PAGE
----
Vehicle technology is evolving at an exciting pace, and manufacturers seem to be adding new features for drivers every model year. Government fleets aren’t known for purchasing cars that park themselves, have navigation, and stop themselves, but technological advances have been trickling down to fleet buyers, especially as some features become standard on lower trims.
As these in-vehicle technologies become more common in government fleets, they’re changing the way fleet managers handle purchasing, maintenance, and operator training.
Technologies Trickling In
The City of Beverly Hills, Calif., may be known for its wealthy residents, but until recently, many of its fleet vehicles didn’t have power windows.
“We’ve gotten to the point where we’ve added power group, like dual zone air conditioning, power windows, power door locks, things of that nature. In past years…it was manual,” said Craig Crowder, fleet manager for the city. “Nowadays with a lot of the OEMs, they’re just including that at very little cost. It’s better for resale value.”
In addition, the city has recently begun purchasing navigation on its detective cars and Bluetooth on detective and patrol cars. The navigation is helpful for detectives who are often out in the field driving to unfamiliar destinations, Crowder said.
Michael Brennan, CEM, fleet manager at Manatee County, Fla., has seen a shift in administrative vehicles — in the last couple of years, more and more are coming with standard vehicle management centers that include vehicle information and a backup trajectory.
“Very rarely do we see one of our administrative-type vehicles come in without a vehicle management center,” he said.
The State of Oregon’s Department of Administrative Services (DAS) fleet team takes advantage of any features it can get for free. In Oregon, due to travel in mountainous areas including during adverse weather conditions, the fleet purchases the 4WD version of the Ford Escape. It is only available in the SE trim level that includes far more features than the entry-level S version, which is front-wheel drive, said Kent Fretwell, management operations analyst.
Sometimes the state’s user departments may opt to pay for an optional feature. This may be the case with drivers going through remote areas. Brian King, fleet and parking services manager for the state, said he has heard some interest from user departments about satellite systems that provide vehicle location — in rare cases where vehicles break down in remote locations.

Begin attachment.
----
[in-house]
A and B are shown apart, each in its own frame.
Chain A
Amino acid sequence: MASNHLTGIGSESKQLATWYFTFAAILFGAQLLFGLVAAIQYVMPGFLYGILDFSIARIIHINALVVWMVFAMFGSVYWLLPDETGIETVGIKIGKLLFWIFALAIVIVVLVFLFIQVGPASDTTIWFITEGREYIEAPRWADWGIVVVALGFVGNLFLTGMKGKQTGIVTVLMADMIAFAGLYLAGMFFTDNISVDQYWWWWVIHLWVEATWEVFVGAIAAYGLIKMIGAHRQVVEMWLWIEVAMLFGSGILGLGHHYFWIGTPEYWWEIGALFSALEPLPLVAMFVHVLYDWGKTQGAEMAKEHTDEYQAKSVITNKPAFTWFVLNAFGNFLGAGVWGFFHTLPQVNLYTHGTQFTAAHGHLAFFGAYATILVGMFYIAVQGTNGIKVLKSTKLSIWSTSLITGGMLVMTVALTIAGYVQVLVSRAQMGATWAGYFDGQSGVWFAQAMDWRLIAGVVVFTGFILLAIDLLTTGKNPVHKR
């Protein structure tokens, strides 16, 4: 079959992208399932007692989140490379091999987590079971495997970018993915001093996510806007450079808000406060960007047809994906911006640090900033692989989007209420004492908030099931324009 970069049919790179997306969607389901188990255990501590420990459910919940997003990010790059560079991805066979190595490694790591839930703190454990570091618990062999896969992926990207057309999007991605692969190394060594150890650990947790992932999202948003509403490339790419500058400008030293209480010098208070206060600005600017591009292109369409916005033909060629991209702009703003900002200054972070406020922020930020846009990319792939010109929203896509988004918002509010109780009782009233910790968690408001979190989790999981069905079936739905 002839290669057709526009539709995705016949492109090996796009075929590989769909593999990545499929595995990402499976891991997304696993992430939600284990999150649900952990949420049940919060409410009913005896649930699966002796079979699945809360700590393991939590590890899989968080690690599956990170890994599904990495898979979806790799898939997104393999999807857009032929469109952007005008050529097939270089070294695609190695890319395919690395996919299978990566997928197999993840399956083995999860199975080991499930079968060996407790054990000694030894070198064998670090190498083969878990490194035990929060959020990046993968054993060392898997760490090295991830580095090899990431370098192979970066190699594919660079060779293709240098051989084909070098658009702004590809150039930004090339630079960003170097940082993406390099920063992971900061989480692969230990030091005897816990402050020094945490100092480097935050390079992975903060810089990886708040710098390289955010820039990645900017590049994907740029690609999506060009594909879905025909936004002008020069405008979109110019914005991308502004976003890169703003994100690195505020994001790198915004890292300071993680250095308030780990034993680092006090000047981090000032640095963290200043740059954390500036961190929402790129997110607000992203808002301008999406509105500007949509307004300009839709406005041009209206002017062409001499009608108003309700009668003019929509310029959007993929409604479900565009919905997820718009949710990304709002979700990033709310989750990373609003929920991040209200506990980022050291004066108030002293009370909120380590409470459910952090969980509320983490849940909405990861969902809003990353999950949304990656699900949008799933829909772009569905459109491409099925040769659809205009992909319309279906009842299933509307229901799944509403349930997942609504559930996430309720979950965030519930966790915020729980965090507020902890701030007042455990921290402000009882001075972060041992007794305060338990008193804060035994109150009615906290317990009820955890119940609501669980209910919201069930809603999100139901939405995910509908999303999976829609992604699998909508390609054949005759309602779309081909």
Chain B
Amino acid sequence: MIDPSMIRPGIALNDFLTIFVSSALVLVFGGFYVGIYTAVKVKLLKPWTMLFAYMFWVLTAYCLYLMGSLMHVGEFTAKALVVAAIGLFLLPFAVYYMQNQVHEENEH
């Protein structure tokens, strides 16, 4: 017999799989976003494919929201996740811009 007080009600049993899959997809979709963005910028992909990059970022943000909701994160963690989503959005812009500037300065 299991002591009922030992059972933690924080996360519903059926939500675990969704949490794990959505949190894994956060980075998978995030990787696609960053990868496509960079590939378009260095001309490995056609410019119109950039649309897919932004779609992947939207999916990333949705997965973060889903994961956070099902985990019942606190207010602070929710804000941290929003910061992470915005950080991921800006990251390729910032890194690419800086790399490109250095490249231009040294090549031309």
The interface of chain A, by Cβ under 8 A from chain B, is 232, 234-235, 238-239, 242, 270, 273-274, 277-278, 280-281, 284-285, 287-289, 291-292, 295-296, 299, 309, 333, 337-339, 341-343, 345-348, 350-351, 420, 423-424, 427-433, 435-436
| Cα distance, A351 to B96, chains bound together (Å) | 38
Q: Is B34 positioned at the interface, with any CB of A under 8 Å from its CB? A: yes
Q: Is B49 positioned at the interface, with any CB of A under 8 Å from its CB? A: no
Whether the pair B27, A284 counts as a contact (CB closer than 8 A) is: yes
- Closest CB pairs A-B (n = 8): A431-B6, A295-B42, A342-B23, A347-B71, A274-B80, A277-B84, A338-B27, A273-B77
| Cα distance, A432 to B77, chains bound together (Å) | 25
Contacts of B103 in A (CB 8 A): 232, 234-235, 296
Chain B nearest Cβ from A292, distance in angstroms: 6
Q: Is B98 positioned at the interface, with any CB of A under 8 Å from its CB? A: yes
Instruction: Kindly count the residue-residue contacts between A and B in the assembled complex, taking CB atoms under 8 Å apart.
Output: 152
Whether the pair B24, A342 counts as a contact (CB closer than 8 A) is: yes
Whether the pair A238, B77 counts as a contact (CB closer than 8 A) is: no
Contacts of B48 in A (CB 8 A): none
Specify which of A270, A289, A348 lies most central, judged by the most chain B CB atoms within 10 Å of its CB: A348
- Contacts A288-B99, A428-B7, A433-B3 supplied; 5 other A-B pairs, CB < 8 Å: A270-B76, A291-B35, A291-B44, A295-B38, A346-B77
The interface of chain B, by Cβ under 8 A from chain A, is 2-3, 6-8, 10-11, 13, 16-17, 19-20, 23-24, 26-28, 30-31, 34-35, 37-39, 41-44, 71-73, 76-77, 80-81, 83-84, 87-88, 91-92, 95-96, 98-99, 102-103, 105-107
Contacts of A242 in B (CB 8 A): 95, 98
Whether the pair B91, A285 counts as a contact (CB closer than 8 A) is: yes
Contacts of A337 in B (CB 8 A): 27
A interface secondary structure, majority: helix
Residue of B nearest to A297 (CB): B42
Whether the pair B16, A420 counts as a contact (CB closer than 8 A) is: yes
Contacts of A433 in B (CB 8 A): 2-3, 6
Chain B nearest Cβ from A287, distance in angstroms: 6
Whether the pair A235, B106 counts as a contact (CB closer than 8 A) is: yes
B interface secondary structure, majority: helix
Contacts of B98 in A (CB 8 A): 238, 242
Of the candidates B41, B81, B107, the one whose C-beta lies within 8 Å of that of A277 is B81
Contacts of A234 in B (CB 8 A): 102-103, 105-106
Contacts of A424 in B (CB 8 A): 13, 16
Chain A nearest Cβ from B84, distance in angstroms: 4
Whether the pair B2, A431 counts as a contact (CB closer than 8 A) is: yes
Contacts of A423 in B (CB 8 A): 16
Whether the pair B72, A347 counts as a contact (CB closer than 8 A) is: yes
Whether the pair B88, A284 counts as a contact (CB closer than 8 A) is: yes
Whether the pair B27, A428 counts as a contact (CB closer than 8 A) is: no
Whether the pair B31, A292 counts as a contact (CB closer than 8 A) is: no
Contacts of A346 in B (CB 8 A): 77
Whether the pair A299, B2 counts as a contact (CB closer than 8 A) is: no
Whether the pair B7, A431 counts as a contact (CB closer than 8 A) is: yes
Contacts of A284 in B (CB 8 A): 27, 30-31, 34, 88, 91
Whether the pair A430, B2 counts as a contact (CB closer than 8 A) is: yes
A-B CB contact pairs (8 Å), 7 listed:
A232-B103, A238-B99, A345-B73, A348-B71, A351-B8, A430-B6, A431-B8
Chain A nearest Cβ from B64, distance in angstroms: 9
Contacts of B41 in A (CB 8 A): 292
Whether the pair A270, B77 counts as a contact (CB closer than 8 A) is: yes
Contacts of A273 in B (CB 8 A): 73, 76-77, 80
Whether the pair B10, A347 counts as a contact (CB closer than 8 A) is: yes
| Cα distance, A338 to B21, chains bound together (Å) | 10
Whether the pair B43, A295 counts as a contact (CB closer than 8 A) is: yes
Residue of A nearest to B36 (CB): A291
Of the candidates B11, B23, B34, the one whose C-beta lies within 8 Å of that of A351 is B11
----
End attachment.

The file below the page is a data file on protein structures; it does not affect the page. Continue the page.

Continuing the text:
What the Automakers are Offering
For General Motors, the 2015 Chevrolet Tahoe PPV packs in a lot of technology that comes standard. These features include a rearview camera, rear park assist that beeps as the driver approaches an object, Bluetooth, OnStar, and 4G LTE Wi-Fi, said Dana Hammer, law enforcement vehicle manager for GM.
An optional feature Hammer highlighted was the Driver Alert package, which consists of a forward collision alert, lane departure warning, and safety alert seat. This package, in combination with the standard backup camera, works to increase officer safety.
“In a PPV, typically they have partitions, and they have a lot of equipment, and it’s very difficult to see,” said Brian Bowden, GM’s government sales manager. “Not only do they have a rear backup camera, if they are about to back into something, the Driver Alert seat lets them know that. They get a very significant vibration in their seat that alerts them that they’re about to hit something.”
The 2015 Chevrolet Caprice PPV comes standard with a backup camera for the first time, and it got Bluetooth as standard in the 2014-MY. Bluetooth is also standard in most 2015-MY full-size pickups, and 4G LTE Wi-Fi comes with most 2015 vehicles. The Wi-Fi feature allows drivers to turn the vehicle into a mobile hotspot with up to seven Wi-Fi connections. Customers can subscribe through a monthly plan or daily plans, and GM says the vehicle’s signal strength is better than cell phone strength.
Ford’s 2015 F-150 has available features such as adaptive cruise control and collision warning with brake support, active park assist for parallel parking, blind spot monitoring, a lane keeping system, and 360-degree camera system. In 2015, Ford, in partnership with Telogis, will offer a telematics program that delivers data specific to how police vehicles are driven. The Law Enforcement Edition of Ford Telematics is similar to the company’s existing Crew Chief telematics, but is designed for law enforcement and will give officers and leadership the ability to identify and correct risky patterns of behavior, according to Telogis. The Los Angeles Police Department is now piloting the system on 50 of its patrol cars.
For FCA US, formerly Chrysler, the 2015-MY Dodge Charger Pursuit features a new 7-inch instrument gauge cluster, a new instrument panel center stack with a 5-inch touchscreen and, for the first time, standard Bluetooth. The RAM ProMaster Cargo Van has an available rear backup camera and 5-inch UConnect vehicle management center complete with Bluetooth, hands-free calling, navigation, and backup camera. Its 2015 Grand Caravan has more than 55 available safety, security, and technology features, and for the first time, daytime running lights have been added as standard equipment.
Backup Cameras Are Coming
In 2014, the National Highway Traffic Safety Administration (NHTSA) passed a ruling essentially requiring backup cameras on all new vehicles less than 10,000 lbs. by 2018.
Some manufacturers are putting backup cameras in as standard equipment now, as King and Fretwell at the State of Oregon fleet are finding. For example, the team ordered a number of 2015 Ford Fusions, which come with a standard rearview camera that was an option in previous model years. Fretwell welcomes this change and said for the state, the price difference was only a couple hundred dollars from the previous model year. Ford’s 2015 Escape also comes with a standard rearview camera on its base model.